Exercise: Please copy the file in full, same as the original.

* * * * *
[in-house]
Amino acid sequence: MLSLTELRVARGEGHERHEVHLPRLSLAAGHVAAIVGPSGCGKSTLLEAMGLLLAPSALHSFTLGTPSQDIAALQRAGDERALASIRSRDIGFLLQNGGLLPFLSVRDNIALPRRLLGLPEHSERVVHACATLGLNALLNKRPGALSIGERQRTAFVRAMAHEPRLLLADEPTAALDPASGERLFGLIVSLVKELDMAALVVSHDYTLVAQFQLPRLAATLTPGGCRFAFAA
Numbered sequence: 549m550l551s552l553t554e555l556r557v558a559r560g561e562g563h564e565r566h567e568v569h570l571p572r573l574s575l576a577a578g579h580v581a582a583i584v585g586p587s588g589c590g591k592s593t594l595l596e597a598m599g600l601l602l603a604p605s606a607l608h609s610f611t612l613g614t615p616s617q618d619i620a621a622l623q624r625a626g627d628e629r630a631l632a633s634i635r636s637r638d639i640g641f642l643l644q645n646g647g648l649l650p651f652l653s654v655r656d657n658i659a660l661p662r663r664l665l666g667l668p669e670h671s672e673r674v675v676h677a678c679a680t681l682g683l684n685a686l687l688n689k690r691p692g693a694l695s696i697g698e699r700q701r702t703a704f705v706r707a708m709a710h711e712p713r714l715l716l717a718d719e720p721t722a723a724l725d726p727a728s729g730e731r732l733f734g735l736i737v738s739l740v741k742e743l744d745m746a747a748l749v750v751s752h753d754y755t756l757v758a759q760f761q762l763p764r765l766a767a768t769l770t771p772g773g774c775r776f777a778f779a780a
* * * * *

[in-house]
Amino acid sequence: MLSLTELRVARGEGHERHEVHLPRLSLAAGHVAAIVGPSGCGKSTLLEAMGLLLAPSALHSFTLGTPSQDIAALQRAGDERALASIRSRDIGFLLQNGGLLPFLSVRDNIALPRRLLGLPEHSERVVHACATLGLNALLNKRPGALSIGERQRTAFVRAMAHEPRLLLADEPTAALDPASGERLFGLIVSLVKELDMAALVVSHDYTLVAQFQLPRLAATLTPGGCRFAFAA
Numbered sequence: 549m550l551s552l553t554e555l556r557v558a559r560g561e562g563h564e565r566h567e568v569h570l571p572r573l574s575l576a577a578g579h580v581a582a583i584v585g586p587s588g589c590g591k592s593t594l595l596e597a598m599g600l601l602l603a604p605s606a607l608h609s610f611t612l613g614t615p616s617q618d619i620a621a622l623q624r625a626g627d628e629r630a631l632a633s634i635r636s637r638d639i640g641f642l643l644q645n646g647g648l649l650p651f652l653s654v655r656d657n658i659a660l661p662r663r664l665l666g667l668p669e670h671s672e673r674v675v676h677a678c679a680t681l682g683l684n685a686l687l688n689k690r691p692g693a694l695s696i697g698e699r700q701r702t703a704f705v706r707a708m709a710h711e712p713r714l715l716l717a718d719e720p721t722a723a724l725d726p727a728s729g730e731r732l733f734g735l736i737v738s739l740v741k742e743l744d745m746a747a748l749v750v751s752h753d754y755t756l757v758a759q760f761q762l763p764r765l766a767a768t769l770t771p772g773g774c775r776f777a778f779a780a